TT No.37: Mike Latham - Sat 26 September 2009, Scottish Cup 1st Round, Hawick Royal Albert 0-7 Huntly; Attendance: 200 (h/c); Admission: £5; Programme: £2. 


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It’s Scottish Cup first round day, one of the best dates in the calendar- a chance to watch teams from different leagues compete and with the weather usually good enough to prohibit any fears about late postponements. On the face of it this tie pitted underdogs against a side with genuine hopes of a good cup run.  And that’s how the game panned out with an impressive Huntly side shrugging off any lethargy from their 225 mile journey to the Scottish borders to romp through to the second round.

Hawick is set in rugby country and along Mansfield Road the town’s major rugby team was taking on local rivals Gala in a league match at their splendidly appointed Mansfield Park ground.  But since the demise of the Border Reivers, a fully professional side based at Gala, rugby’s popularity in the area appears to be on the wane somewhat, this local derby attracting a crowd of only 360 to one of the keenest rivalries in the rugby code.

In between Mansfield Park and the football club’s Albert Park ground another rugby game was taking place with Hawick YM, also members of the Scottish national league set-up playing Lasswade before a crowd of around 150.

Hawick Royal Albert FC are a senior football club which now entitles them to enter the Scottish Cup every year.  The club was founded in 1947 following a breakaway from Hawick Railway FC.  One of the club’s founders, William Bunton originated from Larkhall whose football club Larkhall Royal Albert had been founded back 1878 by a mine owner.  Brunton decided to name the new Hawick club Royal Albert.

Hawick moved to Albert Park in 1963 and were subsequently inspected and became full members of the Scottish Football Association soon later. The stand at the ground was constructed from the steel remnants of a local woollen factory, which had been destroyed by fire. Hawick won the East of Scotland League three times, the last in 1974, but in recent seasons have played mainly in the second tier of the East of Scotland Football League and have frequently struggled to avoid finishing at the foot of the league. The main stand is impressive with several rows of seats and a bar and tea room located at the top of the stand.  The rest of the ground is basic, with an overgrown grass banking on the far side that backs on to a steep wooded banking.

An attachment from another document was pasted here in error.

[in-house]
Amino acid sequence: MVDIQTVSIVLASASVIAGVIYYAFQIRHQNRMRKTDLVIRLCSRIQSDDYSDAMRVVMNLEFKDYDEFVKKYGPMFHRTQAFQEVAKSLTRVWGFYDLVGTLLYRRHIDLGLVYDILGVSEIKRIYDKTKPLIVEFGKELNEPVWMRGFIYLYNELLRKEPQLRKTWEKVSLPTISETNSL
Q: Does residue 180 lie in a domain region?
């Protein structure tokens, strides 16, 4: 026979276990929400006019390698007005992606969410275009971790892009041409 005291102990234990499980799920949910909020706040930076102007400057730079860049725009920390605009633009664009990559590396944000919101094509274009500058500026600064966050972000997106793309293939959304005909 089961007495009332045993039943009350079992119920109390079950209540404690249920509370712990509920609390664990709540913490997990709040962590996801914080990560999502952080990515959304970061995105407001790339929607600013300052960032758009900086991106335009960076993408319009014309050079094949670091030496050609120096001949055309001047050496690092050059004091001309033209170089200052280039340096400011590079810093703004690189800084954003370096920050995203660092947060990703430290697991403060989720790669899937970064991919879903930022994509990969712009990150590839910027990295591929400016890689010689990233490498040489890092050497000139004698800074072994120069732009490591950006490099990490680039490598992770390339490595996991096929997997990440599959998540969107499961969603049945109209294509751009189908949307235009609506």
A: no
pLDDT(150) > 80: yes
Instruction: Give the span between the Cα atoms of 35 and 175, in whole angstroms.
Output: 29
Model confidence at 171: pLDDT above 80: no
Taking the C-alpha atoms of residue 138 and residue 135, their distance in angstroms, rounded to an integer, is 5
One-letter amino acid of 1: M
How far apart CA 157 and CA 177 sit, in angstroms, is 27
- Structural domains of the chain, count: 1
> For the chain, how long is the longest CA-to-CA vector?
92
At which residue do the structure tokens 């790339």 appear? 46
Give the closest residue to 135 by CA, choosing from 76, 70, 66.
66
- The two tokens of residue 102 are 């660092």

Huntly brought a coach-load of supporters who helped lend atmosphere to the occasion on a glorious sunny afternoon.  A local told me that many Hawick games struggle to attract home crowds of above 20 to 30 so it was good to see the ground relatively full.

Hawick held out until midway through the first half when a home defender handled a goal-bound header on the line and was red carded. Huntly scored from the resulting penalty and added a second just before half-time.  The second half was little more than a procession with Huntly adding five more goals and looking every inch an impressive Highland league side. A rudimentary programme was issued for the game with little more than some pen pictures of the visitors, photos of home players, the squad lists and an SFA press release as its contents.  The visitors were referred to as ‘Huntley’ throughout.

contributed on 28/09/09